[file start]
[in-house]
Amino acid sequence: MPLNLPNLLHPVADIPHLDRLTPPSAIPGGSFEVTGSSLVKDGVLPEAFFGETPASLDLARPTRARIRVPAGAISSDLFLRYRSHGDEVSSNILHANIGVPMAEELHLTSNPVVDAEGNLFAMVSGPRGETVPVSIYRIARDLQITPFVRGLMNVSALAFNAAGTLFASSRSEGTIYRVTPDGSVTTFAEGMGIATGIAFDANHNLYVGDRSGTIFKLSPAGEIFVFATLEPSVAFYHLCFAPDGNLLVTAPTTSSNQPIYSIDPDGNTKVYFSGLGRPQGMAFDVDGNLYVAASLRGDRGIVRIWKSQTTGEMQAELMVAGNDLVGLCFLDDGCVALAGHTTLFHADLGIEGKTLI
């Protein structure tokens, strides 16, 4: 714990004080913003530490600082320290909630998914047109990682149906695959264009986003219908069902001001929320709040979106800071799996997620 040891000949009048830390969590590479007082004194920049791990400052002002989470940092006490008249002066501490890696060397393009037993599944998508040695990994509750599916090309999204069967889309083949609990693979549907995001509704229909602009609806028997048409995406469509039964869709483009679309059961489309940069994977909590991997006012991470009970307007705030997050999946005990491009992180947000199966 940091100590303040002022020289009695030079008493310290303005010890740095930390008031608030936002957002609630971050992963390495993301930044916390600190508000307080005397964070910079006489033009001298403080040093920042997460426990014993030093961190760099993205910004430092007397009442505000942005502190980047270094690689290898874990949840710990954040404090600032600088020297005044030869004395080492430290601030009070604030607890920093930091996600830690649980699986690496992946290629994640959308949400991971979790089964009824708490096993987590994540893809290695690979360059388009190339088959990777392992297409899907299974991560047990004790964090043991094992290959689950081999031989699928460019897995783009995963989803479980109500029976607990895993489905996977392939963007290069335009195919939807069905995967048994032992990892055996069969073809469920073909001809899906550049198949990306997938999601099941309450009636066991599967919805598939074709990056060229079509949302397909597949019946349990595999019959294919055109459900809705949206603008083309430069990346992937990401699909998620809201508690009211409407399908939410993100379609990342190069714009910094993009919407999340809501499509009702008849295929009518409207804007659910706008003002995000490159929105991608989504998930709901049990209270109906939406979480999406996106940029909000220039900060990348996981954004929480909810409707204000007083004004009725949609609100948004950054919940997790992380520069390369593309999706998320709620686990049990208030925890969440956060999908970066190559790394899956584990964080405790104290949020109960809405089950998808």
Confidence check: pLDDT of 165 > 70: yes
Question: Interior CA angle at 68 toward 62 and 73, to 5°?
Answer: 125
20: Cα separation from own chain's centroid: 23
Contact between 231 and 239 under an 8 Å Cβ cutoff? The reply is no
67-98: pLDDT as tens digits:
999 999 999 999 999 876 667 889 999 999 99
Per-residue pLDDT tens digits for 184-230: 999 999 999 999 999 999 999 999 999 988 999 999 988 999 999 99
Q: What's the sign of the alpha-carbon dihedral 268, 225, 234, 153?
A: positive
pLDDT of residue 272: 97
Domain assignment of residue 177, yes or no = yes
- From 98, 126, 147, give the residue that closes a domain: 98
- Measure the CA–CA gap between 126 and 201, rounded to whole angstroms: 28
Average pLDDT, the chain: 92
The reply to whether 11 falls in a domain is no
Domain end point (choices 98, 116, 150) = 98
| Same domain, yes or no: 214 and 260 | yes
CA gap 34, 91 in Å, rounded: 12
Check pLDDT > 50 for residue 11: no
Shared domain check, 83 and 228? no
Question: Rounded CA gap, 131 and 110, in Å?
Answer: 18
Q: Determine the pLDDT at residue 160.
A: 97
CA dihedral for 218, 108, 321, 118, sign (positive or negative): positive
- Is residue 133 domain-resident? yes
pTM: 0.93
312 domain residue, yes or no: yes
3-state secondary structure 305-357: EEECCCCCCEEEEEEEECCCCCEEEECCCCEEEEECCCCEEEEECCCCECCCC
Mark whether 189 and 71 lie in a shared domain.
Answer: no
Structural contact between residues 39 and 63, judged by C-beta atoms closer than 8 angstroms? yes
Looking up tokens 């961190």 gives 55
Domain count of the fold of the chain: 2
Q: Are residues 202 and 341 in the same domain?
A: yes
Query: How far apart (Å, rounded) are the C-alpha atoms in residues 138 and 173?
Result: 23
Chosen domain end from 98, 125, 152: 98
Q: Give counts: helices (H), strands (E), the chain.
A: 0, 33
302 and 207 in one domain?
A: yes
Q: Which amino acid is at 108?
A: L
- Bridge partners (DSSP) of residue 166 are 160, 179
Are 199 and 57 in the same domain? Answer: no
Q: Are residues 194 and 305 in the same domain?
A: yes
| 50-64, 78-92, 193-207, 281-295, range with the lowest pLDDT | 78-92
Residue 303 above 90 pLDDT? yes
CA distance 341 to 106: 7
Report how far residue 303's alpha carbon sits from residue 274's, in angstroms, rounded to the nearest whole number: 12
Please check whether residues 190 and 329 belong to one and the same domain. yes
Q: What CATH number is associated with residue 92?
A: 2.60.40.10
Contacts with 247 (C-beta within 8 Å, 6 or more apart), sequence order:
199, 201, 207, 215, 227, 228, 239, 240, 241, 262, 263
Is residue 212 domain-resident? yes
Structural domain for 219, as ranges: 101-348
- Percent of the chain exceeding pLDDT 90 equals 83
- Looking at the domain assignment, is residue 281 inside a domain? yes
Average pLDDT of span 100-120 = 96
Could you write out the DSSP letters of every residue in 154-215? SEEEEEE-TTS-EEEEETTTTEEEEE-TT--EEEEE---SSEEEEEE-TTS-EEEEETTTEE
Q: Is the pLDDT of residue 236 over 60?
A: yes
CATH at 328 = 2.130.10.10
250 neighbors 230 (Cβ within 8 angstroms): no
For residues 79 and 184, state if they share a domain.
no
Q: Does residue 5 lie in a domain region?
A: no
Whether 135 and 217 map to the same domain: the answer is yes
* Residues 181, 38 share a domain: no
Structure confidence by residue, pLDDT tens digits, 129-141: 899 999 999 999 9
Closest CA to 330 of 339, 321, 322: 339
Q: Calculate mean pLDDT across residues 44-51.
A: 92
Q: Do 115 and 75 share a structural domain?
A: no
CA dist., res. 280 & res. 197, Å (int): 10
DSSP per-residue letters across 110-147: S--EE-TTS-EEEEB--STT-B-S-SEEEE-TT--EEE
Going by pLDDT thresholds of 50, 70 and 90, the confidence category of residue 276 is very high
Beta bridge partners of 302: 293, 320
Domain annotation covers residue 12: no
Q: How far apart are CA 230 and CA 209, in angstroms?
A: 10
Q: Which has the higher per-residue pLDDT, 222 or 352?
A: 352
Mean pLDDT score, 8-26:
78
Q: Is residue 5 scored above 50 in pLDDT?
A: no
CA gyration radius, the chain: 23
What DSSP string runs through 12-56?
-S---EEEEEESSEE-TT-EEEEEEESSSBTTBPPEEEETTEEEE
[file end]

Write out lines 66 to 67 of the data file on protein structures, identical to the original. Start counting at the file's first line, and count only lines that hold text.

- Looking at the domain assignment, is residue 281 inside a domain? yes
Average pLDDT of span 100-120 = 96